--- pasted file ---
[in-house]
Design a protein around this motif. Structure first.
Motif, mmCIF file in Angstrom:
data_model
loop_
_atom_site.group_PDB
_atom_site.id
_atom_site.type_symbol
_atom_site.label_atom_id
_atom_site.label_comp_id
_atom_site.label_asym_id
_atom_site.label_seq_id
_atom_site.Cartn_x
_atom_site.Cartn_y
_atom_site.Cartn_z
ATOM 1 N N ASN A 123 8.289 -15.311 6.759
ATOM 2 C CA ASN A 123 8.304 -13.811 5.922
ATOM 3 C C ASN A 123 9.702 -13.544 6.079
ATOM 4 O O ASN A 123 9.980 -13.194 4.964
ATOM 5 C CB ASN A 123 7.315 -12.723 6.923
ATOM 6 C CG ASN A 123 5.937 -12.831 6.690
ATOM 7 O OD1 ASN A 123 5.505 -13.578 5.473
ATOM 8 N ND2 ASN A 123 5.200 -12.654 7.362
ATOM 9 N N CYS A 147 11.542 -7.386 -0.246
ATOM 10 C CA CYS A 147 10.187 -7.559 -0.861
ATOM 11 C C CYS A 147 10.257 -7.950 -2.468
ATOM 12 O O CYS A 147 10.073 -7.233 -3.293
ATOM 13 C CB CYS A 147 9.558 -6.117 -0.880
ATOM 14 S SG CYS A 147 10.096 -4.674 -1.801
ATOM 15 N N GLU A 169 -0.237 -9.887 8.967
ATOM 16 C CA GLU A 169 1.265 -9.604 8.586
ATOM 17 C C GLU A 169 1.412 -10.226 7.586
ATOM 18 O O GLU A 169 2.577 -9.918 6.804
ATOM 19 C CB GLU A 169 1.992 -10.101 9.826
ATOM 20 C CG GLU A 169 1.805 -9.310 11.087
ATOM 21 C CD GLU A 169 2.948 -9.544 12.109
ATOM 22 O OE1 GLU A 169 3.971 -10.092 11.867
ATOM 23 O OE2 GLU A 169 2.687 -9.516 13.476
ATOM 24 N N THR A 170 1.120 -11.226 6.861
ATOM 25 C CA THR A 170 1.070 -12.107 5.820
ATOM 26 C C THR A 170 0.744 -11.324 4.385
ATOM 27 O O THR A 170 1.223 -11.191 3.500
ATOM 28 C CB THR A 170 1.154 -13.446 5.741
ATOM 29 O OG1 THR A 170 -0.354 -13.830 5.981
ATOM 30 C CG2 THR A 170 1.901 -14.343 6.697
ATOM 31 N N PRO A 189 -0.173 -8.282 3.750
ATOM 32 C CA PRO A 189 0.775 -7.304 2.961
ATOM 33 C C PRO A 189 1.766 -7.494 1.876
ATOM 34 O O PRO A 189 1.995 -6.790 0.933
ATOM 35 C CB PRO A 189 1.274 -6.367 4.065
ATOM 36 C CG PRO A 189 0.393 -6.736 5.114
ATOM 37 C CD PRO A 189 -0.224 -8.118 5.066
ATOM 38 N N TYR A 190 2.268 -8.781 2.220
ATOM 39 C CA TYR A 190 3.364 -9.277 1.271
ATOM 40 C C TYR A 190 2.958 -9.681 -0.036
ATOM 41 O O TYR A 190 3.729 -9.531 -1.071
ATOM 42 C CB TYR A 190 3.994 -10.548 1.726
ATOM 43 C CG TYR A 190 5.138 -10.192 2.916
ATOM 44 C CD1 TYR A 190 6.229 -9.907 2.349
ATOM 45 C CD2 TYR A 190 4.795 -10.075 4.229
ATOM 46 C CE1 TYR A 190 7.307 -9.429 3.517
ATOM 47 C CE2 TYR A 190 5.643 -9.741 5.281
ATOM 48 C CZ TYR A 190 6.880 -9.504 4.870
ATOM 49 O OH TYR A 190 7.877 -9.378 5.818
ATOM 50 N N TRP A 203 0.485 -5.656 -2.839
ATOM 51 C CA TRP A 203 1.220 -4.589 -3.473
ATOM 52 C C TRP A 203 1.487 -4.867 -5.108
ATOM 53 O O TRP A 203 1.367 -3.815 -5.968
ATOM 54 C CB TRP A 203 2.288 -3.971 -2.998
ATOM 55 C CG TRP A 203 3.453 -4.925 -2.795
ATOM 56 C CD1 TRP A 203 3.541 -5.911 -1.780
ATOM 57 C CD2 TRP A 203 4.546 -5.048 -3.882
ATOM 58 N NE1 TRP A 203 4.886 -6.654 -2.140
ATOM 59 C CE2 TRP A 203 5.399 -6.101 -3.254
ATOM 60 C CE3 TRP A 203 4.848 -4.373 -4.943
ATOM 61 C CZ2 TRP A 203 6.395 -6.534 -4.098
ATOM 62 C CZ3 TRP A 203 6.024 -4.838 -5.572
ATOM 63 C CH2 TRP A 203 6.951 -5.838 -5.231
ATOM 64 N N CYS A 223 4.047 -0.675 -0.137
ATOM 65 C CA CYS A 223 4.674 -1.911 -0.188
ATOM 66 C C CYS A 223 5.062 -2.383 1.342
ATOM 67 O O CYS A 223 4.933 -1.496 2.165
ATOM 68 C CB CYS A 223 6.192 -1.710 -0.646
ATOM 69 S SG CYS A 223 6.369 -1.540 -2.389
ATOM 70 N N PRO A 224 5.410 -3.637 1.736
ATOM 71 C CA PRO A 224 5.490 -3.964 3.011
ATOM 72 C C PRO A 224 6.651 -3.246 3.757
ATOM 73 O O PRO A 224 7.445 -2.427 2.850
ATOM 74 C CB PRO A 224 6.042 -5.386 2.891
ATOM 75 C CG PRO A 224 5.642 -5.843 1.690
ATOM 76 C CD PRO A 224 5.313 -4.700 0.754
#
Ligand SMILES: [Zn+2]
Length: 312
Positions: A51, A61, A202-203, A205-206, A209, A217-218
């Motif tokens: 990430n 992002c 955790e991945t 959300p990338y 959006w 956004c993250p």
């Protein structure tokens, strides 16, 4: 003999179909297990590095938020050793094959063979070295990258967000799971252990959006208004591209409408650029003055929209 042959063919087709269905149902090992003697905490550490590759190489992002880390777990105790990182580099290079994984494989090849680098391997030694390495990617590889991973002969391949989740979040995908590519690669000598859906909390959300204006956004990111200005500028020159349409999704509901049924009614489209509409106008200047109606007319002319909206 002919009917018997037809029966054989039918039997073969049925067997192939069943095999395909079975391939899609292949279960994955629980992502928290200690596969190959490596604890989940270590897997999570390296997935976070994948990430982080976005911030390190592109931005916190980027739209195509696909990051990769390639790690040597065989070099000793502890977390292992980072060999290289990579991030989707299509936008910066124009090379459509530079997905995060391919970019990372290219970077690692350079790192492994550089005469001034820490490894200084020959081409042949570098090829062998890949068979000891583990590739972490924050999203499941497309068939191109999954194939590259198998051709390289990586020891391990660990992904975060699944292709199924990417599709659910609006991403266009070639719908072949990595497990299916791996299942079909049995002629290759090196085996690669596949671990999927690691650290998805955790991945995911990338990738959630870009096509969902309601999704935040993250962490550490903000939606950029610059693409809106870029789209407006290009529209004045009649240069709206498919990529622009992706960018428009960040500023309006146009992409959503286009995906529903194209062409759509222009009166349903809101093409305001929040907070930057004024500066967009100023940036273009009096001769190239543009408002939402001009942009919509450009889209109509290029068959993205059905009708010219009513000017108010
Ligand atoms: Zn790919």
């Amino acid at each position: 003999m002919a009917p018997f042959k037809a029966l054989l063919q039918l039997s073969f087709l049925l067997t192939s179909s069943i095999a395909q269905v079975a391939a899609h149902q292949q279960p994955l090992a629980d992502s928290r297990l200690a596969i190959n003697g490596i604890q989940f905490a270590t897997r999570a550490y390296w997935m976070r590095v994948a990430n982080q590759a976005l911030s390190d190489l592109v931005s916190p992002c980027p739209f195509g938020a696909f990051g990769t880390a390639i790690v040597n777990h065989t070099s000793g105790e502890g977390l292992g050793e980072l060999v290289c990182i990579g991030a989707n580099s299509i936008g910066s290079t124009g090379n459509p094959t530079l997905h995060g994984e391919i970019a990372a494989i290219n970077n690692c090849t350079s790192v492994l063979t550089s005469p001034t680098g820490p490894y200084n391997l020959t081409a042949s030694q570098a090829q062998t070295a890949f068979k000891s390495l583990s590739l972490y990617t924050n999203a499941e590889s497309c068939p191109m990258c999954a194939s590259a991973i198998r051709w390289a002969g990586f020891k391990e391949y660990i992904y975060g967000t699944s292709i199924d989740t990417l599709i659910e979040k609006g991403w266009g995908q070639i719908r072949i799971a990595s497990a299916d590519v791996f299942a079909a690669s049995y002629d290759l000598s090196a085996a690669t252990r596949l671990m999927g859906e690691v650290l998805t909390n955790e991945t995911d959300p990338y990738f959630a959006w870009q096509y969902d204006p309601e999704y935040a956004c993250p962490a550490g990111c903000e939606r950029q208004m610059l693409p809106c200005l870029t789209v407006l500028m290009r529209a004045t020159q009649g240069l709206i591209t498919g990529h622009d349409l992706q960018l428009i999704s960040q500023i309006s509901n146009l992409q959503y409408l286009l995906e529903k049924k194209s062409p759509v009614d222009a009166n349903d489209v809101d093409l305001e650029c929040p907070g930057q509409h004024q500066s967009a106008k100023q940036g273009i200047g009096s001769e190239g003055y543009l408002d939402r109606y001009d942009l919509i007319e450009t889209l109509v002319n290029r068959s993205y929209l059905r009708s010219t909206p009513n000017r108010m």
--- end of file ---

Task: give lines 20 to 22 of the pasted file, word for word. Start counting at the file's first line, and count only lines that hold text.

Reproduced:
ATOM 5 C CB ASN A 123 7.315 -12.723 6.923
ATOM 6 C CG ASN A 123 5.937 -12.831 6.690
ATOM 7 O OD1 ASN A 123 5.505 -13.578 5.473